Studies on the Supply Chain Snarl

As part of a larger research project my research assistant Kayla Wentzel and I put together an interactive sample of tweets that show some of the social media discourse.

Some initial thoughts:

  • People are scared. Not an overwhelming fear, but a clear affective inclination in that direction. It is most often expressed through discursive behaviors like sarcasm, joking, complaining… But the core of those behaviors is genuine discomfort and concern.
  • These feelings were heavily tied to consumption goals for Christmas, birthdays, and so on—along with basic familial procurement and social obligation. While other economic conditions have long been threats to these goals, the assumption was still of a stable base of consumables.
  • This discourse is deeply political. Who is at fault and why are usually given by a poster’s preexisting political beliefs.
  • Empty store shelves are signs of Trump’s America for Biden supporters, the reverse for Trump’s; an inevitable failure of capitalism, or of meddling with capitalism. More specific causes-covid, climate, labor-are present, but mainly as empty political signifiers.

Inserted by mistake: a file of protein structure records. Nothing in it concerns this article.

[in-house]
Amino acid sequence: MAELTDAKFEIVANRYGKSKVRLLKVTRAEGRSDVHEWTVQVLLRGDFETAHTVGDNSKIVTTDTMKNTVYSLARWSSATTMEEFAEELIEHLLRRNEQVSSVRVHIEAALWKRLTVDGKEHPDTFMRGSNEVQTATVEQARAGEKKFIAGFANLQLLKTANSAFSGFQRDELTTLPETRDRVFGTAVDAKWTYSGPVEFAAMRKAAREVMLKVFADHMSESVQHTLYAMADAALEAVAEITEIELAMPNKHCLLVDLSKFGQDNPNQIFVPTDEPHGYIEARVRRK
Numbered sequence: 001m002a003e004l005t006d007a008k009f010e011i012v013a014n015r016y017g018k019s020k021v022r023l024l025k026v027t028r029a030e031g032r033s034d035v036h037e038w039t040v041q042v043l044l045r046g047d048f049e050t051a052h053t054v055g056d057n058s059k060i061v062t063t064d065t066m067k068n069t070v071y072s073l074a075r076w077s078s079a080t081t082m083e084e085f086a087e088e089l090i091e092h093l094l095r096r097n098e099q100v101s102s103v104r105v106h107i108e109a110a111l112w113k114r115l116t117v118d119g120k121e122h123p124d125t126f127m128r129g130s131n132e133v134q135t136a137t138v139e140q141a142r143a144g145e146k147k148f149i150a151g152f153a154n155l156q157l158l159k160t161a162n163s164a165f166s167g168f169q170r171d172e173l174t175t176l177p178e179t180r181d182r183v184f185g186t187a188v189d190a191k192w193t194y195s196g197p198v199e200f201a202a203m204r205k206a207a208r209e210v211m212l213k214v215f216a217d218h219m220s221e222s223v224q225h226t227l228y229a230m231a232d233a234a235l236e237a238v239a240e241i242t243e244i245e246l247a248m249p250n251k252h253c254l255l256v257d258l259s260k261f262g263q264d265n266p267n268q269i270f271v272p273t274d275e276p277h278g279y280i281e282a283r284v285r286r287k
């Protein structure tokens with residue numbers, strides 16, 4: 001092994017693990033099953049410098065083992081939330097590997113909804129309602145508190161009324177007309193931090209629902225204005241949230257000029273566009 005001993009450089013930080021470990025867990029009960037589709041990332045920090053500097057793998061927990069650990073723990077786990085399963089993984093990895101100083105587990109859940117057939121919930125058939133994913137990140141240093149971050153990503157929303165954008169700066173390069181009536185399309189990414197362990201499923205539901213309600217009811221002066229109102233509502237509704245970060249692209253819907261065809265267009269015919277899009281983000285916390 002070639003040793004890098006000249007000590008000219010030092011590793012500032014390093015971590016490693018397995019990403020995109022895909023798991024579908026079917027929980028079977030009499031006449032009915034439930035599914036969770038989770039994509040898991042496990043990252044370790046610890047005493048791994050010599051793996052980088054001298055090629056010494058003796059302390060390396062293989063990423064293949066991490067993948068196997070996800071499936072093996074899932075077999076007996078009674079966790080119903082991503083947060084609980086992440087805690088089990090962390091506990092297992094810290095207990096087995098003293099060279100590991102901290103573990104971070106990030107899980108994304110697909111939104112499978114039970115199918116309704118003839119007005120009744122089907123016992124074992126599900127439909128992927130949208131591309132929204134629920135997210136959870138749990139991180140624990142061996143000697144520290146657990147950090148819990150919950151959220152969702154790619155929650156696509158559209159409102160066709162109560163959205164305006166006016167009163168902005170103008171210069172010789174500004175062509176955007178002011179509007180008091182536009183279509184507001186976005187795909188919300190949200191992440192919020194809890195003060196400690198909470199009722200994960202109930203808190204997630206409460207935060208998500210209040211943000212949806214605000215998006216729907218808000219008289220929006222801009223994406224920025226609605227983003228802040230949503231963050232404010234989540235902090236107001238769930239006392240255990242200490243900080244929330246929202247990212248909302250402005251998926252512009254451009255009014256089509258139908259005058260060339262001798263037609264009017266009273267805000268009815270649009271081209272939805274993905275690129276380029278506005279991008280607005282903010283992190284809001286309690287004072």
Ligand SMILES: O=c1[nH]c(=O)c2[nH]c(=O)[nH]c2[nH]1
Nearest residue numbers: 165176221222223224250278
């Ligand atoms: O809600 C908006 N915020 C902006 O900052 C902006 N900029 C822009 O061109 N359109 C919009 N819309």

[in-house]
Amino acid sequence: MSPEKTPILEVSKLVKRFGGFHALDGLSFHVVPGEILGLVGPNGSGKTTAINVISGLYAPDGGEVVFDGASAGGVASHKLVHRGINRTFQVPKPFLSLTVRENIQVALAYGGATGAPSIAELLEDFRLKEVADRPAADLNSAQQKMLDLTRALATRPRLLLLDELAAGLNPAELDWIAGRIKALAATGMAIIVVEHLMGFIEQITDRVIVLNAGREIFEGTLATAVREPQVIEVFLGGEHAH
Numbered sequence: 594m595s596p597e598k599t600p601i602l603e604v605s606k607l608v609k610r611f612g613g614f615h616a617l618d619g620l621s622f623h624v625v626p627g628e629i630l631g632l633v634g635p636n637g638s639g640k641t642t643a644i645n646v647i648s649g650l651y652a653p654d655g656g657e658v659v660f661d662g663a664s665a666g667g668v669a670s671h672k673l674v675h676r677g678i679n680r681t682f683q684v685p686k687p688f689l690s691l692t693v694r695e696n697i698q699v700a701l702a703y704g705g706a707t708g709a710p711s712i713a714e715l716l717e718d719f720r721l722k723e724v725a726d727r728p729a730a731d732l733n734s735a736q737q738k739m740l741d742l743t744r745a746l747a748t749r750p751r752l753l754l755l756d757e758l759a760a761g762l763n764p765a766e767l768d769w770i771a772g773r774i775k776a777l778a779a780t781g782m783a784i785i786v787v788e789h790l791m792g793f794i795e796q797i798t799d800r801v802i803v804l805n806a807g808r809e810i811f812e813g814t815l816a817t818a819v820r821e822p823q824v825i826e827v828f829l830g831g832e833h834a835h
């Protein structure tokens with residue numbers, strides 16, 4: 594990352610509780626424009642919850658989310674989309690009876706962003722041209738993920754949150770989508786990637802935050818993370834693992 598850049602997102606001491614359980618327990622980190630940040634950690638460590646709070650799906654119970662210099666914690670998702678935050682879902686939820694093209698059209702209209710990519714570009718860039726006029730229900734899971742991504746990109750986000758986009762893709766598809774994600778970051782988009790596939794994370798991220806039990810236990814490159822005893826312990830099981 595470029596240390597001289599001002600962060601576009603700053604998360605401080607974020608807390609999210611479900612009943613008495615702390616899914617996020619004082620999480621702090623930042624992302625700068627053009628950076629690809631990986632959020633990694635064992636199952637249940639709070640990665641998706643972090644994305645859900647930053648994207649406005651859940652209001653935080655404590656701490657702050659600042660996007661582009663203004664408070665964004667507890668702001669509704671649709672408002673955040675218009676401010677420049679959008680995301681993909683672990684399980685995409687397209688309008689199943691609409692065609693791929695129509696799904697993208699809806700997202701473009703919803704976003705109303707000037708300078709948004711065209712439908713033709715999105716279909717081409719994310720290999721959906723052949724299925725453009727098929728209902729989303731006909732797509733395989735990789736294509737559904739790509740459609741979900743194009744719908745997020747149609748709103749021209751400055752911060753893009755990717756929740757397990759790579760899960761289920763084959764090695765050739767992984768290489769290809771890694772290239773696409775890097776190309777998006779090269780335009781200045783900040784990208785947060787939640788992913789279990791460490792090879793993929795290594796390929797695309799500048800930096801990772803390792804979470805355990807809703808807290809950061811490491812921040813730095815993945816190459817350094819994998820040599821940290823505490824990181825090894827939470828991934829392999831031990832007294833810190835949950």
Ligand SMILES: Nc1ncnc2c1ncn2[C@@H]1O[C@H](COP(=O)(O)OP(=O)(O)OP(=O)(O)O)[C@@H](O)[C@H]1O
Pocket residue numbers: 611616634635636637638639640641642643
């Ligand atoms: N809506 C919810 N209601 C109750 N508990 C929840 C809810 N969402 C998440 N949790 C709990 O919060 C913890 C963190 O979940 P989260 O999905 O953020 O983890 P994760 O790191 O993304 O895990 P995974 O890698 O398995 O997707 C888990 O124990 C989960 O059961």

• There isn’t much interaction with expert opinion. My previous thread on the crisis was full of comments pulling in all sorts of links, but really the majority of discussions are isolated exchanges, with few (if any) external references.
  • The discourse runs on decontextualized information. When “evidence” is included, it tends to be anecdotal, or stripped from any clear evidentiary context.
  • For example, someone might say that they couldn’t order something, or that their store was out of a certain product. But their shared images (like empty store shelves) could be from anywhere, anytime. The purpose is affective-to affirm or reject with feelings the image evokes.

At the end of this all the solution preferred by most is simply a return to the status quo. They want the supply chain to function as they perceive it did before covid, before Trump, Biden, etc. Their assumption (a faulty one) is that the supply chain was “working” up until this point.

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